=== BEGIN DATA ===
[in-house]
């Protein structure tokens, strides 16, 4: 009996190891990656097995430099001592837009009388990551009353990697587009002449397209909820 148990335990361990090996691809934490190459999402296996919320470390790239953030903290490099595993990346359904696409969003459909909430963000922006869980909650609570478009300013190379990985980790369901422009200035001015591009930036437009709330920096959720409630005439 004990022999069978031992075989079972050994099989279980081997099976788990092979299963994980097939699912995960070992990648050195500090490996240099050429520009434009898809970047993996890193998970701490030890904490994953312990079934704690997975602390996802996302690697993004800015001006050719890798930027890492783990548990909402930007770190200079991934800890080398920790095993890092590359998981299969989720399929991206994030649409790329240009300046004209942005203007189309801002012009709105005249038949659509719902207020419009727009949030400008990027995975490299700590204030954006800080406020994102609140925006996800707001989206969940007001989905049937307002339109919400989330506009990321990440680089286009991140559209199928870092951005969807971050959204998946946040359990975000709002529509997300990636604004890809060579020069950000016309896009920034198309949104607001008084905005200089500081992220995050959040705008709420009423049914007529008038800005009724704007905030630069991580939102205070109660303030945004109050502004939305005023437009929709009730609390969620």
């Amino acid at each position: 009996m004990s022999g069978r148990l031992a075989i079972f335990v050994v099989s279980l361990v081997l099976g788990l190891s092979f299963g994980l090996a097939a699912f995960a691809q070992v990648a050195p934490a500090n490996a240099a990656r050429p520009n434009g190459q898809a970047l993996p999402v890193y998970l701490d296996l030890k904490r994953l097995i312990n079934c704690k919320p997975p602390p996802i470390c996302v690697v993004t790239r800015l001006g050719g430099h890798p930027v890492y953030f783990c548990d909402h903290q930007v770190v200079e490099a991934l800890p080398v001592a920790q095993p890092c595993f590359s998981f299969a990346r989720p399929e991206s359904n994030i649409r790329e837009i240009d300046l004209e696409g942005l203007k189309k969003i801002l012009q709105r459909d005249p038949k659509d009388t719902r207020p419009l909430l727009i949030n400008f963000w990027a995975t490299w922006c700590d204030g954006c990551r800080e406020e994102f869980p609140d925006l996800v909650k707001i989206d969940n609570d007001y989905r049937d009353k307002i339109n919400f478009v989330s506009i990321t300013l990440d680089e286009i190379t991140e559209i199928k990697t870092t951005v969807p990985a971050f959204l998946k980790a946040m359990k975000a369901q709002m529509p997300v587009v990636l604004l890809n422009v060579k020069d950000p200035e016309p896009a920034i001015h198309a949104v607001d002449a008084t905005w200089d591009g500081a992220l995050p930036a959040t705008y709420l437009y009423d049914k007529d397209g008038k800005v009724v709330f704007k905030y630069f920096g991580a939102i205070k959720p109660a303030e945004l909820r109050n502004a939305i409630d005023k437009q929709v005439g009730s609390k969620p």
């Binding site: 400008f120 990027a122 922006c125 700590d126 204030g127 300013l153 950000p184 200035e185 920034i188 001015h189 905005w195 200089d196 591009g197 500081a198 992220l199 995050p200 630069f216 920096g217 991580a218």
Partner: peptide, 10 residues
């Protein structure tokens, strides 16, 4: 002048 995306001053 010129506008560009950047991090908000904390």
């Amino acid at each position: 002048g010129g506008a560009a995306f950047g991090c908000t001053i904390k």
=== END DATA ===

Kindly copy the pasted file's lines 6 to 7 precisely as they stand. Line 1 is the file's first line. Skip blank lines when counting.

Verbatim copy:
């Protein structure tokens, strides 16, 4: 002048 995306001053 010129506008560009950047991090908000904390």
């Amino acid at each position: 002048g010129g506008a560009a995306f950047g991090c908000t001053i904390k």